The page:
A conventional frontal occupant restraint system 50 is shown attached to seat 10. System 50 is preferably of the shoulder and lap belt type and includes a lap belt or web element 52, a shoulder belt or web element 54, a retractor mechanism 56 for both of these belts, a releasable latch connection 58, and an elevated anchor connection 60. Retractor mechanism 56 is of a conventional type and serves to provide some tension on the belts during normal vehicle use while allowing belt length to vary according to occupant size and position. However, during a collision retractor mechanism 56 locks and prevents the belt length from varying significantly. In this manner, the seat occupant is restrained against forward motion out of seat 10.
Anchor connection 60 includes, for example, anchor base 62 and releasable latch member 64 and is typically secured directly to the vehicle body, preferably at the upper roof rail 65. As shown in FIG. 1, anchor connection 60 can be so secured by a bolt 66 through a flange 67 of anchor base 62. Shoulder belt 54 is slideably received through a slot 68 in latch member 64.
Seat back belt or web 70 is fixedly secured at one end to latch member 64 and extends diagonally across the rear of frame element 22. In those embodiments where web 70 is to pass through seat back portion 20, rather than be disposed entirely behind it, locating slot 28 is preferably provided on frame element 22, and web 70 is slideably received through slot 28. The other end of web 70 is secured to retractor mechanism 72. Retractor mechanism 72 preferably functions generally in the same manner as retractor mechanism 56. Retractor mechanism 72 allows the length of web 70 to be varied under tension during normal vehicle use, as, for example, when seat 10 is being slid forward or rearward by the occupant. However, in the event of a collision retractor mechanism 72 locks and prevents the length of web 70 from varying significantly. Retractor mechanism 72 is preferably a motion sensor type of retractor such as those manufactured by Bendix Corporation of Detroit, Mich.
FIG. 2 shows an application of the present invention to vehicle seats wherein the seat back is reclinable with respect to the seat base. Elements common to the embodiments of FIGS. 1 and 2 are indicated by the same numerical indicia.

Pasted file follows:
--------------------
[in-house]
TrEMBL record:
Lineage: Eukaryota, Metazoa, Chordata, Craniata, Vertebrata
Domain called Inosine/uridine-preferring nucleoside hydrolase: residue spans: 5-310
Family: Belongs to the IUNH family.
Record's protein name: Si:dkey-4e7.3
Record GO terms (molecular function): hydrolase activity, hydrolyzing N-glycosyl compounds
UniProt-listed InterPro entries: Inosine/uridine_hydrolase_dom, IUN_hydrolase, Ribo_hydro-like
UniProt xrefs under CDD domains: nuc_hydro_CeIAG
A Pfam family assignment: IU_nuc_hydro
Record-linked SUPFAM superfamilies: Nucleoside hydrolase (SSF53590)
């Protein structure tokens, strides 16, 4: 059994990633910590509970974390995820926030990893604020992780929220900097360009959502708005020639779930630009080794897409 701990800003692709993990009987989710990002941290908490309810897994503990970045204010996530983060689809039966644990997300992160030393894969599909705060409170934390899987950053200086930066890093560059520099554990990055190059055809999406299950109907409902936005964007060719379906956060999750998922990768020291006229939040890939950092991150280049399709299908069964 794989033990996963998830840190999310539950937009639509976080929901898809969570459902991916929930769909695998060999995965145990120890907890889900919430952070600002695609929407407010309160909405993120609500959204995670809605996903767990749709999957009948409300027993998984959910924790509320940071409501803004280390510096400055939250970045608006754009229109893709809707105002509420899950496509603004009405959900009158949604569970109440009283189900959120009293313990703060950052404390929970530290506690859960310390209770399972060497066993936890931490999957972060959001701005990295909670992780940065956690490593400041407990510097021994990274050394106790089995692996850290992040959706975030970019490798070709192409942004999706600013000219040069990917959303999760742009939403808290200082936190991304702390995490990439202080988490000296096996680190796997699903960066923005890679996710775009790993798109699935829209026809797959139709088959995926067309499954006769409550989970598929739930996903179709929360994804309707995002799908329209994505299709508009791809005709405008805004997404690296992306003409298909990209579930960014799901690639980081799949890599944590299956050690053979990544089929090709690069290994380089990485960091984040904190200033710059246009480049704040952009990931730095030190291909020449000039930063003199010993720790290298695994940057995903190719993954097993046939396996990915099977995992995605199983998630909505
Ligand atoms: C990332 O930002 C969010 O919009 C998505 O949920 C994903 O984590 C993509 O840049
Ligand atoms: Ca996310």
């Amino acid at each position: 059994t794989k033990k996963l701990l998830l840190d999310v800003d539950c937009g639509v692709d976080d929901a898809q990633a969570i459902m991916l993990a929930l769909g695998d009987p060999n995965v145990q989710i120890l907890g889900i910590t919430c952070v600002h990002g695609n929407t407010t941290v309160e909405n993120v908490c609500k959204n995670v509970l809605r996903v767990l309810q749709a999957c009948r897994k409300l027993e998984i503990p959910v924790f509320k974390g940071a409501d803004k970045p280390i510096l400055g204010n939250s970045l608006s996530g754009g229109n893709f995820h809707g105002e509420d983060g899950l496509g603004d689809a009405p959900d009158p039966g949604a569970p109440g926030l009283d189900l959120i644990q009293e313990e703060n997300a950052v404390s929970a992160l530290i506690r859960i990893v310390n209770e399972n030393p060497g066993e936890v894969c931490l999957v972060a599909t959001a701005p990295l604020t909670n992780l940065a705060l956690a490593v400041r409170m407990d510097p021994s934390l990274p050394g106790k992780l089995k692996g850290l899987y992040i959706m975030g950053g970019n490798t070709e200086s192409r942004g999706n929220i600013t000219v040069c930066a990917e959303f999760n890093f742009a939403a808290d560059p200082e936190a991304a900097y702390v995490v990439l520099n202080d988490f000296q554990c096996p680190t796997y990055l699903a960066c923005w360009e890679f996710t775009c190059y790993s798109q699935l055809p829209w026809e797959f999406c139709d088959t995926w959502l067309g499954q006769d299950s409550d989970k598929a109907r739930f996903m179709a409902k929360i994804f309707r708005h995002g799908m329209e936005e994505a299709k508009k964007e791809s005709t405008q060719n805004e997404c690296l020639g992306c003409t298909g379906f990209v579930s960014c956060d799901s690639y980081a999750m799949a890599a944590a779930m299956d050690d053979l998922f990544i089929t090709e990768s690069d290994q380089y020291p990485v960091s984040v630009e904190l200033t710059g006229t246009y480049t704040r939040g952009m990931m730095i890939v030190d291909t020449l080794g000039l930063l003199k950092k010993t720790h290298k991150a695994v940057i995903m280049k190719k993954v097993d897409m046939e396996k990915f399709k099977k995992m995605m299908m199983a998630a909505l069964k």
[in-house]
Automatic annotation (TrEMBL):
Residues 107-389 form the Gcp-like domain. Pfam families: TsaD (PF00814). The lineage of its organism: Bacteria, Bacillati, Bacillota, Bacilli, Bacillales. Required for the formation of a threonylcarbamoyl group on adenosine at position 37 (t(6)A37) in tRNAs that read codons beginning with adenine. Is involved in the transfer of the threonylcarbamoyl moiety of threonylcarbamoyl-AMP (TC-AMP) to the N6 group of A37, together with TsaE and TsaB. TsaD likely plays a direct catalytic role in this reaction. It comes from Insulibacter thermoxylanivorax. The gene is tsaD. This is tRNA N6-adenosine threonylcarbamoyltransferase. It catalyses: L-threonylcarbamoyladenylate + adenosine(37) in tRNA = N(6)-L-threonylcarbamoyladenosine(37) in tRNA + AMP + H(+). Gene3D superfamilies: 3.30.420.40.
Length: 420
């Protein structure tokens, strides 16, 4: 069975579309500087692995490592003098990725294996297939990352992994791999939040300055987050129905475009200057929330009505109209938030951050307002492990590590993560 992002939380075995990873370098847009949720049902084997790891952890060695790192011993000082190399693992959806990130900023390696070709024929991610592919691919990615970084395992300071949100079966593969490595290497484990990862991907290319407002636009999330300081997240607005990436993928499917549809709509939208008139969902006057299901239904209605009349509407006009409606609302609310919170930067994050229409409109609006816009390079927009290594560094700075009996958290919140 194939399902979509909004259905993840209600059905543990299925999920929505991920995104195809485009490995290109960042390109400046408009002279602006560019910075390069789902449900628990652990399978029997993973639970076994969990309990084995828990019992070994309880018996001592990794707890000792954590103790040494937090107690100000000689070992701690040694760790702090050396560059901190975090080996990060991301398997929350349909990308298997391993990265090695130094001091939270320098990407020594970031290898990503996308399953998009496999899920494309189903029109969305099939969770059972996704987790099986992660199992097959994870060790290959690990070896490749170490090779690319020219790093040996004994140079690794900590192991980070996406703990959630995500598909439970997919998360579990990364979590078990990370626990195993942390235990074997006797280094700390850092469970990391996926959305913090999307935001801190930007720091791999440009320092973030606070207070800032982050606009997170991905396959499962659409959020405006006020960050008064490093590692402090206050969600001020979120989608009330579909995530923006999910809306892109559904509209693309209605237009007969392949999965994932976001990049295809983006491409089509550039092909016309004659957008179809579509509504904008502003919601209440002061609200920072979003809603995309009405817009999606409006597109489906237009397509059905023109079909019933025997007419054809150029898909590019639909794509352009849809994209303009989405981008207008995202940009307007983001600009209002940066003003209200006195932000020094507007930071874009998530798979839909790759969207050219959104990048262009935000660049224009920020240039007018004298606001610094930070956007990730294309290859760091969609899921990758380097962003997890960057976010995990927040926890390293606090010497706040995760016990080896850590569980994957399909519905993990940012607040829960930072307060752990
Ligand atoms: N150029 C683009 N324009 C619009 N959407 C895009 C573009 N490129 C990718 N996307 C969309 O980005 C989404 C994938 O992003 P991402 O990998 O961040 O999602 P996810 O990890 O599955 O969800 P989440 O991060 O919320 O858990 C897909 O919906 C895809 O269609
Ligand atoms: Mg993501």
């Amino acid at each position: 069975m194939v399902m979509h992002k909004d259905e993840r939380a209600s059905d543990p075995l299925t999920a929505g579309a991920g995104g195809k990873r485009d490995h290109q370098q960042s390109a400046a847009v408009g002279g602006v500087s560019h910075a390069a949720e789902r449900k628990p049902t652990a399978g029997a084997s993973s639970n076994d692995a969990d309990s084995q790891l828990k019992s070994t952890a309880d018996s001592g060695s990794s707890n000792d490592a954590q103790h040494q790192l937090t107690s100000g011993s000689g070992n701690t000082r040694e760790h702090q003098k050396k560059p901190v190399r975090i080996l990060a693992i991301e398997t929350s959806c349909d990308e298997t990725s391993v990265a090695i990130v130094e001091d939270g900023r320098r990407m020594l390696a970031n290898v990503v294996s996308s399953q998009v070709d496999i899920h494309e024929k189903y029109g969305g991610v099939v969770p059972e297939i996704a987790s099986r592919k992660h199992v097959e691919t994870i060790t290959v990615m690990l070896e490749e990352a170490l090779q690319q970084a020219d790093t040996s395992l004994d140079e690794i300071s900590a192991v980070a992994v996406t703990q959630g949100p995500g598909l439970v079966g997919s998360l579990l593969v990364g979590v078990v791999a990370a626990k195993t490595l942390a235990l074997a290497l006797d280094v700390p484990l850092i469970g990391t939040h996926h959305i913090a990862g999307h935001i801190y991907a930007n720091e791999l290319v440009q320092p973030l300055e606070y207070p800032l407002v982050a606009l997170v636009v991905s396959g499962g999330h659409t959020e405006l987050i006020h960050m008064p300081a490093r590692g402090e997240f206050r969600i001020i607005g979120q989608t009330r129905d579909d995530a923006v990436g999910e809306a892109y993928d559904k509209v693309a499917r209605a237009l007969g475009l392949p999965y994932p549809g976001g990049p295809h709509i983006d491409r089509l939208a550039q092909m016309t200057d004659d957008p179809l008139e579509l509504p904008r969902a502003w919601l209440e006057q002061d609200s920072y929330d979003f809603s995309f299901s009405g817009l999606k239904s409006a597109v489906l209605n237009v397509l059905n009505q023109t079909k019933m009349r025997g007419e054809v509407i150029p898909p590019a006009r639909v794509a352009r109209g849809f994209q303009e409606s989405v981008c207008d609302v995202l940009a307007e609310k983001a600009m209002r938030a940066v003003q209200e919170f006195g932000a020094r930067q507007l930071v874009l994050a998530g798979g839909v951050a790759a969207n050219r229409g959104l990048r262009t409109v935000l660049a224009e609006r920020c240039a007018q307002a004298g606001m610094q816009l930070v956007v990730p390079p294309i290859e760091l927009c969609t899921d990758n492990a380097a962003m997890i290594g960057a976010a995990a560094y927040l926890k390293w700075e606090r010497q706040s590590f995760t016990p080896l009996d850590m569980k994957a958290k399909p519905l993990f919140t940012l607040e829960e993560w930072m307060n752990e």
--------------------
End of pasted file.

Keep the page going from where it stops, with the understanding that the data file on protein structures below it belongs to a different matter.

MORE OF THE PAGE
In FIG. 2, seat back frame element 22 is joined to seat base frame element 32 on one side by a conventional locking recliner mechanism 80 and on the other side by a conventional recliner hinge mechanism 82. Secondary support structure, such as wire, guides 84, are mounted across frame elements 22 and 32 in this Figure.
FIG. 3 shows web 70 traversing behind back portion 20 of vehicle seat 10. FIG. 4 shows web 70 traversing through back portion 20 of vehicle seat 10. Some of the elements common to the embodiments of FIGS. 1 and 2 are indicated by the same numerical indicia in FIGS. 3 and 4.
In any of the embodiments shown, during a collision from an impact at the rear portion of the vehicle, web 70 transfers rearward load forces on seat 10 to anchor connection 60. From anchor connection 60 these forces are transferred to the vehicle. Thus, relative motion or reclining of the seat back with respect to the seat base can be restrained. Since anchor connection 60 is typically constructed to receive frontal collision forces anyway, little, if any, additional support is typically needed for anchor connection 60 to perform this new function. Further, since frontal collisions typically involve, for example, recoil forces toward the vehicle rear, the arrangement of the present invention is expected to provide some additional protection for occupant in those types of collisions as well.
Although the present invention has been described above only with respect to certain embodiments, numerous other variations are contemplated within this invention. For example, where vehicle seats are not expected to be easily removable from the vehicle to increase cargo area, retractor mechanism 72 can be mounted to the vehicle floor rather than the seat base portion, as illustrated in dashed lines in FIG. 2. Also, anchor connection 60 can be secured to the vehicle door, roof, sidewall, or any other load sustainable structure if desired. Further, web 70 can be secured at its upper end to an anchor connection separate from the anchor connection used by the shoulder belt. Additionally, if it is not desirable to have web 70 pass through the seat back, it can be positioned in various orientations behind the seat to block rearward motion. The function of web 70 can, in some applications, be performed by a strap or cable or even a semi-rigid length of material.
Although this invention has been suggested for use in automobiles, I envision effective utilization also in buses, trains, aircraft, amusement park devices, and other environments wherein occupant seating is subject to impact or high load forces. Within the automobile environment and elsewhere the present invention is not limited to single occupant seating: bench or sofa seats can also benefit from this improvement. Further, the present invention can be readily retrofit to existing vehicles.
Accordingly, the spirit and scope of the present invention are only limited by the terms of the attached claims.
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|U.S. Classification||296/68.1, 280/808, 297/216.14, 297/483|
|International Classification||B60N2/42, B60N2/427|
|Cooperative Classification||B60N2/42781, B60N2/4249, B60N2/4228|
|European Classification||B60N2/42F, B60N2/427T2, B60N2/42D2R|
|25 Sep 1998||FPAY||Fee payment|
Year of fee payment: 4
|1 Dec 1998||AS||Assignment|
Owner name: FOOTHILL CAPITAL CORPORATION, CALIFORNIA
Free format text: SECURITY AGREEMENT;ASSIGNOR:STARCRAFT CORPORATION;REEL/FRAME:009605/0557
Effective date: 19981030
|27 Sep 2002||FPAY||Fee payment|
Year of fee payment: 8
|16 Oct 2002||REMI||Maintenance fee reminder mailed|
|19 Apr 2005||AS||Assignment|
|28 Sep 2006||FPAY||Fee payment|
Year of fee payment: 12